SANTA MARIA, Calif., April 20 -- A former security guard at Michael Jackson's Neverland ranch testified at the pop star's child molestation trial Wednesday that a notice once was posted in a guard station saying Jackson's young accuser was not to be allowed to leave the estate.
But the prosecution witness, Brian Barron, also said under defense questioning that it would have been appropriate to keep child guests on the estate if their parents weren't present and that guards probably would not let any children leave if they were unsupervised.
Prosecution witness Brian Barron, a former security guard at Michael Jackson's Neverland Ranch.
(Pool Photo Justin Sullivan)
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Barron, a police officer for the nearby town of Guadalupe, moonlighted at Neverland for about three years until after the ranch was raided by sheriff's investigators on Nov. 18, 2003. He said his superiors in Guadalupe suggested he leave the estate because of the criminal investigation.
He said he refused a request by the sheriff's department that he go back to work at Neverland as a law enforcement informant.
Barron said the directive that the boy was not to leave the estate was posted during a week-long period in January or February 2003. He said he did not know who wrote it.
He said the instruction, written on a grease board, remained up for about a week.
"We weren't allowed to let him off property without some sort of permission from the ranch manager," Barron said under questioning by a prosecutor.
Under cross-examination, defense attorney Robert Sanger asked whether the general policy at the ranch was that children visiting without parents would not be allowed to leave by themselves.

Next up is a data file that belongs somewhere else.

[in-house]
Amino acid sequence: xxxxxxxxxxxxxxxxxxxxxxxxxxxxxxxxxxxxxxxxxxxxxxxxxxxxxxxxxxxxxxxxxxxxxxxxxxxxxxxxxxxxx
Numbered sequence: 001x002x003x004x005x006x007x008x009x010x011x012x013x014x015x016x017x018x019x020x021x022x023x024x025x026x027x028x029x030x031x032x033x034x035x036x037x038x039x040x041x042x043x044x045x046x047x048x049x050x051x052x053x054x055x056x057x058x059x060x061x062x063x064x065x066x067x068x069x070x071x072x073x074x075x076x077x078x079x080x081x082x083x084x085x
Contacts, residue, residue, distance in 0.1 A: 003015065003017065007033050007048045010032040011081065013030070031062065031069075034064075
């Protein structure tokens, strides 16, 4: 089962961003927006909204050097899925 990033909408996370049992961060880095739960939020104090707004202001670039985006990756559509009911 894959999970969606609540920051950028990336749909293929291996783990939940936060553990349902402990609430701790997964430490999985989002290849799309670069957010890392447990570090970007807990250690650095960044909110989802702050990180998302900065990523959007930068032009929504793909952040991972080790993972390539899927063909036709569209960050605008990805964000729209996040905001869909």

"We would not let them go off the ranch without supervision," Barron said.
Barron acknowledged that as a police officer he would have been required to report anything illegal he saw at the ranch but that he never had grounds to do so.
Jackson, 46, is accused of molesting the boy, at the time a 13-year-old cancer patient, in February or March 2003. He also is accused of conspiring to hold the boy's family captive to get them to make a so-called rebuttal video following the airing of a TV documentary in which the boy appeared with Jackson, who said he let children sleep in his bed but that it was non-sexual.
The prosecution informed the court Tuesday, in the eighth week of the trial since opening statements, that it planned to rest its case next week.
Under questioning by Deputy District Attorney Gordon Auchincloss, Barron said employees were tense when Jackson was at Neverland.
"He's like a perfectionist. Everything has to be right," Barron said of Jackson. "There was a lot of work to be done. Everyone was walking on pins and needles a little more to make sure everything was right."